Ocean News

How do you sample an unstressed shark?

2nd February 2010

One of the biggest problems facing anyone interested in the physiology fish is how to generate a baseline level of blood chemistry.  What does the blood chemistry of a fish look like if it hasn’t been captured, handled, poked and prodded all in the name of science?  What are the normal levels of lactate, glucose, carbon dioxide etc., to which we can compare our "stressed" samples to?

For small fish this is relatively easy.  Take the recent work on bonefish by the Flats Ecology and Conservation Program here at Cape Eleuthera Institute.  Bonefish were housed in darkened holding chambers with a steady supply of fresh seawater for 36 hours upon which they were rapidly removed and blood sampled before the blood chemistry could change.  However, it is a tricky proposition to try and apply this technique to a 6ft Caribbean reef shark!

To try and generate a baseline level of blood chemistry for stress physiology work described in the previous post, the shark research team travelled from Eleuthera to Stuart Cove, a well known dive operator in Nassau.  Stuart Cove have been conducting regular shark dives for the last thirty years and the Caribbean reef sharks they deal with are very used to human presence in the water.  The more experienced handlers can gently halt the motion of the shark through the water by gently rubbing a chain mail shrouded hand on the nose of the shark where ultra sensitive electro-reception pores are situated.  This action appears to initiate a response similar to tonic immobility, a reversible coma-like stasis, which is usually triggered by inverting the shark.  The response initiated by the handlers is not as strong as true tonic immobility, but it was hoped that it was strong enough for a diver to quickly draw some blood, thus gathering a sample from a shark that had not been captured or interfered with in any way – a baseline.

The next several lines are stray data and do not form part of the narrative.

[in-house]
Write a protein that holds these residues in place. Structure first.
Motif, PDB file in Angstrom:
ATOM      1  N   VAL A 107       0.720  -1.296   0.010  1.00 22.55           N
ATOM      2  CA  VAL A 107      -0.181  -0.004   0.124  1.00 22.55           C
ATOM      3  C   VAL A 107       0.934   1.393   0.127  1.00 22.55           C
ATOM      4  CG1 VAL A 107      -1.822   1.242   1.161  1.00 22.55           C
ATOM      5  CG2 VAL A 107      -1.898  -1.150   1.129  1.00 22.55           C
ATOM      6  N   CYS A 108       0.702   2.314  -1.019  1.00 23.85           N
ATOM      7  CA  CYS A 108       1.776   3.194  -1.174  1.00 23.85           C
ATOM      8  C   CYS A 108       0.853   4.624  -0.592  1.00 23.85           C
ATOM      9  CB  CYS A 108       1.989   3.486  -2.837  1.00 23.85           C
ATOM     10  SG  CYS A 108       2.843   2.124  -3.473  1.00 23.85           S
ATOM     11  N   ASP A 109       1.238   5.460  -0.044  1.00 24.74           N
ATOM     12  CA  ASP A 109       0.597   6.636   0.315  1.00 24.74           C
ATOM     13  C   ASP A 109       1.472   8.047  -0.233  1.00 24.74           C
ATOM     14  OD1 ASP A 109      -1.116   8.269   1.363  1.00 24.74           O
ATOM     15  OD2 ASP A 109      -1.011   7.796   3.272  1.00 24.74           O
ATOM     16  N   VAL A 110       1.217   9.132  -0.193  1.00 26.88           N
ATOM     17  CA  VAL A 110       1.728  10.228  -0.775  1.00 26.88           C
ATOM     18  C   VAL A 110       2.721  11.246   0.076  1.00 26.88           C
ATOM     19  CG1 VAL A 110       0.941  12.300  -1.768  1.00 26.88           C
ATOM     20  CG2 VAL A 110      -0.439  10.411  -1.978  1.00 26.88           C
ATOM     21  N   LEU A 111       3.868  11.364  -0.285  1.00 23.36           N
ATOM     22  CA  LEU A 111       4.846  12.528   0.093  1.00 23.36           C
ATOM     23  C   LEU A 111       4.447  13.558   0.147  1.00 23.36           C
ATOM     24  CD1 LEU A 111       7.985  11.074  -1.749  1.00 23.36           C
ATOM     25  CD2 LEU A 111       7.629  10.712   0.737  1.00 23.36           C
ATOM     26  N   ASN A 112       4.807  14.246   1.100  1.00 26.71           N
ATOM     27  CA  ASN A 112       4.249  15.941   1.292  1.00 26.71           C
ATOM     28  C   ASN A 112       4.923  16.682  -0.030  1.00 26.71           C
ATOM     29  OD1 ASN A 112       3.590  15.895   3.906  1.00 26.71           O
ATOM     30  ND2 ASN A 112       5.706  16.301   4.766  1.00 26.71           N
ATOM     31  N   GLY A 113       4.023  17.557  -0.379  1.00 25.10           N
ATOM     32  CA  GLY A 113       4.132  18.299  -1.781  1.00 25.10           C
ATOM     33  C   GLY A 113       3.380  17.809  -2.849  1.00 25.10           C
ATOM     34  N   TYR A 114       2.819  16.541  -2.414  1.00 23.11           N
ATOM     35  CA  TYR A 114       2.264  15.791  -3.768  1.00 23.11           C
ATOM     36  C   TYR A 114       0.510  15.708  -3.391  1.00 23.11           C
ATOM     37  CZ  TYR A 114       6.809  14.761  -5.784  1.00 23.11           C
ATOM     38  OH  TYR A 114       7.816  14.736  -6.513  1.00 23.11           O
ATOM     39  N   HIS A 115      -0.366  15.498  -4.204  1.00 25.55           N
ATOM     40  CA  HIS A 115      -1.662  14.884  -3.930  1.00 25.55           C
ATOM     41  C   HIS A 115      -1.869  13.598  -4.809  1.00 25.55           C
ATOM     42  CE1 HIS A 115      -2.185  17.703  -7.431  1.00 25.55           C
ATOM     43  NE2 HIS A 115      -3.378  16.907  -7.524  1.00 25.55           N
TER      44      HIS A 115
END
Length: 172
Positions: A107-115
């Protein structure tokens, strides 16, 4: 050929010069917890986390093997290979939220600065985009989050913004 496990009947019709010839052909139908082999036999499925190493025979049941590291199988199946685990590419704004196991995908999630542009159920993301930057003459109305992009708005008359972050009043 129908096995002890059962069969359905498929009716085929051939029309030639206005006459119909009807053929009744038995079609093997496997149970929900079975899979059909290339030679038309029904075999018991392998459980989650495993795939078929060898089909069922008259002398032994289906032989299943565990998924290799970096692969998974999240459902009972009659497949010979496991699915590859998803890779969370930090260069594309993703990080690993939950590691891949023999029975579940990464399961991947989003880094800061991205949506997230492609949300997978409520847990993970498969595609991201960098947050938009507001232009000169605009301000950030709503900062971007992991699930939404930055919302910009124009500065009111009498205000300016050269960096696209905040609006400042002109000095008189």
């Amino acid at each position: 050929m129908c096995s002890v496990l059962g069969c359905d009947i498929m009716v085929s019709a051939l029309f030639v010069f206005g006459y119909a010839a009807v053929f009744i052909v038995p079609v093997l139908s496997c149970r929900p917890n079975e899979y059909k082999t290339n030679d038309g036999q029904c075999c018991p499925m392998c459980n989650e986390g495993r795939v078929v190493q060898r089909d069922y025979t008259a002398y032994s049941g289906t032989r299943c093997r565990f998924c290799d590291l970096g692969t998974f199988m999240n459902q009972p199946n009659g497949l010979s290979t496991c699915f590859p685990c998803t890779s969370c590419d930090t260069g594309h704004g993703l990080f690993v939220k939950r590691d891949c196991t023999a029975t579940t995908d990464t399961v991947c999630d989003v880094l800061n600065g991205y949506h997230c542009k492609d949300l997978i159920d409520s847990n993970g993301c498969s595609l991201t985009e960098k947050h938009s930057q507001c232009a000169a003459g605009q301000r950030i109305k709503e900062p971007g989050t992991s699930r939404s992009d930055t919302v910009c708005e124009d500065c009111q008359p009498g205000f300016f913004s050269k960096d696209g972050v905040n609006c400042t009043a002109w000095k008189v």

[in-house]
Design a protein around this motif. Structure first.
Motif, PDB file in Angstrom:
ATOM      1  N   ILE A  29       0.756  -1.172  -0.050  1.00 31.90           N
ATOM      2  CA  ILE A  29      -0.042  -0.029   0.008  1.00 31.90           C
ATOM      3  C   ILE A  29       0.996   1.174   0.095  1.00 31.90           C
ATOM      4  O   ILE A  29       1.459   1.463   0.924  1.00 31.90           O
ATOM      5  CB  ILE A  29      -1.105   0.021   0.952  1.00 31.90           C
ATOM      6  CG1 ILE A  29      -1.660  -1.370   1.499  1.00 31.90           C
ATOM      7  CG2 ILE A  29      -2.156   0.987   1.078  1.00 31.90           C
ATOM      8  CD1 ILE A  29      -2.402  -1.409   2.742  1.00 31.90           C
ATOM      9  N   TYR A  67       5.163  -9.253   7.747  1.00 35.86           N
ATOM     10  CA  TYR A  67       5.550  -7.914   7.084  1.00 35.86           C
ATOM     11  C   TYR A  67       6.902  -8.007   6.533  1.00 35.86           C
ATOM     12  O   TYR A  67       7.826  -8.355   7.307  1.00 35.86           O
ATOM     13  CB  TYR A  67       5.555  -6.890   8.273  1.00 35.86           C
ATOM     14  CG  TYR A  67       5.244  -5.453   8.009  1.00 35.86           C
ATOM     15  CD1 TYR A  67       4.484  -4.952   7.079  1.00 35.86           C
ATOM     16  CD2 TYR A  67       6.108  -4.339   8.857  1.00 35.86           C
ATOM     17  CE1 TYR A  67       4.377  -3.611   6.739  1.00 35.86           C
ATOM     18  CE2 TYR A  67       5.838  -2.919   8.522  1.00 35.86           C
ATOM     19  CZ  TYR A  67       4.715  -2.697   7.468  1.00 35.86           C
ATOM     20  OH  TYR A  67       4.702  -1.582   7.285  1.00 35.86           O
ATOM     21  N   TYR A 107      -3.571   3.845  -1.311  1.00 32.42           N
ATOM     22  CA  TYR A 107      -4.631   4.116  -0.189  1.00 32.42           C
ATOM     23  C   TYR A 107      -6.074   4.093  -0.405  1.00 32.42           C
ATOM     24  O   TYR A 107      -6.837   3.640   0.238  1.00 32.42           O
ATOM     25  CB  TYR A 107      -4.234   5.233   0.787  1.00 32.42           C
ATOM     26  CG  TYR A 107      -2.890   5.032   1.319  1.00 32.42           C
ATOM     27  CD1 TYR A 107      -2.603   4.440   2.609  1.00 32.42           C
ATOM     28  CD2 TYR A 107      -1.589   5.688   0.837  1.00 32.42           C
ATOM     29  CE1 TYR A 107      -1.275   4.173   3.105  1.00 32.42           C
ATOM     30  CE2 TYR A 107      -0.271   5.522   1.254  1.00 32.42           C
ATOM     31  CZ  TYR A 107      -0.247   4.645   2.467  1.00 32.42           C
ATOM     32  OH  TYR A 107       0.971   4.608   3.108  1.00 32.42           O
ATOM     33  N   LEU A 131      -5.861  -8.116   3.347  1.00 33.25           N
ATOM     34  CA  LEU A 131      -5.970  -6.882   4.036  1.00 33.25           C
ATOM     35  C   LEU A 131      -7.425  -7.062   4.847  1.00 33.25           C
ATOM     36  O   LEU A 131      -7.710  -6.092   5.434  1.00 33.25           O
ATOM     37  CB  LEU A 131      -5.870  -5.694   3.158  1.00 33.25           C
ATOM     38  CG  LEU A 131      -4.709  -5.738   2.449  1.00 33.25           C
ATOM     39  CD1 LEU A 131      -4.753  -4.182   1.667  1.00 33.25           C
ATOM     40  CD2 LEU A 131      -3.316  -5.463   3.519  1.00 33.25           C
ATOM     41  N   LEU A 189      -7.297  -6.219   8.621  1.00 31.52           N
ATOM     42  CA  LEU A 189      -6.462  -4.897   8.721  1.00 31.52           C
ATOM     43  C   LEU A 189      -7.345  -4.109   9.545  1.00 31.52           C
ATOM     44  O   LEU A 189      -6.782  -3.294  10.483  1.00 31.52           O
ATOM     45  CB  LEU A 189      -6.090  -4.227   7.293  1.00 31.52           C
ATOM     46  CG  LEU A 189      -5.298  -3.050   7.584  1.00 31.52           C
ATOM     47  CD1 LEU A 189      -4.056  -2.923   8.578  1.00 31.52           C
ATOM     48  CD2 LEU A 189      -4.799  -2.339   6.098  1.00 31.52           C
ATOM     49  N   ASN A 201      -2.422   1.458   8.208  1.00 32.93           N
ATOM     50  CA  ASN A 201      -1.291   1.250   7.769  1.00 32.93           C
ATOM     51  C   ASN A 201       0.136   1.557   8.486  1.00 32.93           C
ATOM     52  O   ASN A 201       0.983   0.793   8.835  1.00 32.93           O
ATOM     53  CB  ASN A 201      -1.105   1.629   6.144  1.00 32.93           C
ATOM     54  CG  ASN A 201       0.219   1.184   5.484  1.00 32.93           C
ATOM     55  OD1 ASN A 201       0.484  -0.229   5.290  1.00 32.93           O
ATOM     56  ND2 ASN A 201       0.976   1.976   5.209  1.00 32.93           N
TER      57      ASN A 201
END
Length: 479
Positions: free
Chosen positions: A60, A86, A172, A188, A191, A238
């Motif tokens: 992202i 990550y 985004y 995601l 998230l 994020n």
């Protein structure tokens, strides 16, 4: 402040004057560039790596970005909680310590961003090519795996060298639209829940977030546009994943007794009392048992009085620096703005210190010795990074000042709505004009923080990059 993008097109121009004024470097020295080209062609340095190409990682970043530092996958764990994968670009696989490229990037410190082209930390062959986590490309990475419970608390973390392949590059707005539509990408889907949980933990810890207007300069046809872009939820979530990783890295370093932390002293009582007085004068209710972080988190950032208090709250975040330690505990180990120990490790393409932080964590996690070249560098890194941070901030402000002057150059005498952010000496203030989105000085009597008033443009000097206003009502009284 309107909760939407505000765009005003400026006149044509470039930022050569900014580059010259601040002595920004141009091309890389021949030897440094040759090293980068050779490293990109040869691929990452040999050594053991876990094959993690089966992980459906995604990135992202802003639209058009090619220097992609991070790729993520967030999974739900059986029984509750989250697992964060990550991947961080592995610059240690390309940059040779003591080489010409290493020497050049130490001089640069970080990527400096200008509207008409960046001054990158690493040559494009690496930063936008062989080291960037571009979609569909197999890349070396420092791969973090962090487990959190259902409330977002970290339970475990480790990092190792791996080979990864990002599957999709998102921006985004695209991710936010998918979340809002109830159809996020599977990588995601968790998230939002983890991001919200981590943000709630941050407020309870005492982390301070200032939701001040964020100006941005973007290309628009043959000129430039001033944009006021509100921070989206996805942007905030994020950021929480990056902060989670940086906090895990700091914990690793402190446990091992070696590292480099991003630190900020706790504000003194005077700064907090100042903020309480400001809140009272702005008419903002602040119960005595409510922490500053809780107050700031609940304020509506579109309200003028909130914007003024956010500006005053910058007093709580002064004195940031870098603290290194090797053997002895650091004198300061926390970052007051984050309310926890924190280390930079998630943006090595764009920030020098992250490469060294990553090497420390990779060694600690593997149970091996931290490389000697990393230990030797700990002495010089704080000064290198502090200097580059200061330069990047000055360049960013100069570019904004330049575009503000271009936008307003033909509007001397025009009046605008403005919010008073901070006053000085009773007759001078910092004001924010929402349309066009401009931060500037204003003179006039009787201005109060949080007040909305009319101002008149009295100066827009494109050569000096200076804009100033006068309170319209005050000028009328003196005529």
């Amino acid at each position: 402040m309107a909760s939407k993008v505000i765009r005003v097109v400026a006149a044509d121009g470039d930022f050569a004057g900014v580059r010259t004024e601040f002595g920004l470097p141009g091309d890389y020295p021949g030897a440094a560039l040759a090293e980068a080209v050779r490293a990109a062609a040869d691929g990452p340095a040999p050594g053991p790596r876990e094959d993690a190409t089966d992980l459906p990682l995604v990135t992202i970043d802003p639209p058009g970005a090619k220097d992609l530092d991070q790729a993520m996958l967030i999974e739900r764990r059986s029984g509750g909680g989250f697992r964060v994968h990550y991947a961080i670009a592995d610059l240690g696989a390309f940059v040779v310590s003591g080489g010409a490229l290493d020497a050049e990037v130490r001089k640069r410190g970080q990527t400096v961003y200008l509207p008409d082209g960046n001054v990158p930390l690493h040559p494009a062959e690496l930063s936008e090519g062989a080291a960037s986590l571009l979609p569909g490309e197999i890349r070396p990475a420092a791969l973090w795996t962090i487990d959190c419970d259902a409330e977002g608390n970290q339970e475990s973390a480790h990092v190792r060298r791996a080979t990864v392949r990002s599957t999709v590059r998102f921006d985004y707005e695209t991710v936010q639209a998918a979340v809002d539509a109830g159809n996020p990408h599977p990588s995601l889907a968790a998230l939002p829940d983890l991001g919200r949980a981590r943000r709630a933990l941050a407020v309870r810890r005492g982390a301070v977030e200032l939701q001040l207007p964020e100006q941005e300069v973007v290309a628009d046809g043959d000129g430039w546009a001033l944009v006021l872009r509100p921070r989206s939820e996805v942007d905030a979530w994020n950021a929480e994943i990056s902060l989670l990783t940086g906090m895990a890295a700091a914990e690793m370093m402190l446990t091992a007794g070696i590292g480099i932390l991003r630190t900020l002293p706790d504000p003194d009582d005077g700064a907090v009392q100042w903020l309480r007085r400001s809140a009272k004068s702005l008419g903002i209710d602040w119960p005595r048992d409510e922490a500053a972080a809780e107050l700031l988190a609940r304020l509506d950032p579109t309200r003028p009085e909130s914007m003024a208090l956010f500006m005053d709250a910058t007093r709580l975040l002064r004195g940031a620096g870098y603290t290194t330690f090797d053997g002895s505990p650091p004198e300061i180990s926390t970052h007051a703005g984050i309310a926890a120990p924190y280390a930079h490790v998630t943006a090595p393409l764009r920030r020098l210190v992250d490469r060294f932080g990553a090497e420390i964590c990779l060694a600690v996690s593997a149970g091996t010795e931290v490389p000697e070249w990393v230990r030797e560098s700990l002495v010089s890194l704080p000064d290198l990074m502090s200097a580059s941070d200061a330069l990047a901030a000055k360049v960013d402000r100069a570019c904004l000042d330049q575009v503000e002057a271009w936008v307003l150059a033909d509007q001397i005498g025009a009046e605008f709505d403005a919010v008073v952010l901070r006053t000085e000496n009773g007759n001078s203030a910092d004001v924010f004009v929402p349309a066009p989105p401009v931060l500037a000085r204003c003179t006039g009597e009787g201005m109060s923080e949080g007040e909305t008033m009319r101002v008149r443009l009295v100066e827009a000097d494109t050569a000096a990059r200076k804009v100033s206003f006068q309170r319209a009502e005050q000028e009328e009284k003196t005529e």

For the most part it worked – taking blood in full SCUBA gear, laying on you back under the tail of a shark with your hands clad in chain mail was a tricky thing to do.  And although the sharks were in a mild form of tonic immobility they did not appreciate a clumsy human prodding them with needles, so unless the needle was put in the right place at the first try, they tended to swim off.  Two and a half days of diving provided us with numerous dulled and bent needles, frustrations and thankfully three blood samples.  The blood chemistry values derived from the three samples were vastly different to even the shortest longline hooking durations and represent the first true baseline blood samples taken from a large free swimming shark.

Special thanks must got to Stuart Cove himself whose generosity with his staff and boats were unparalleled.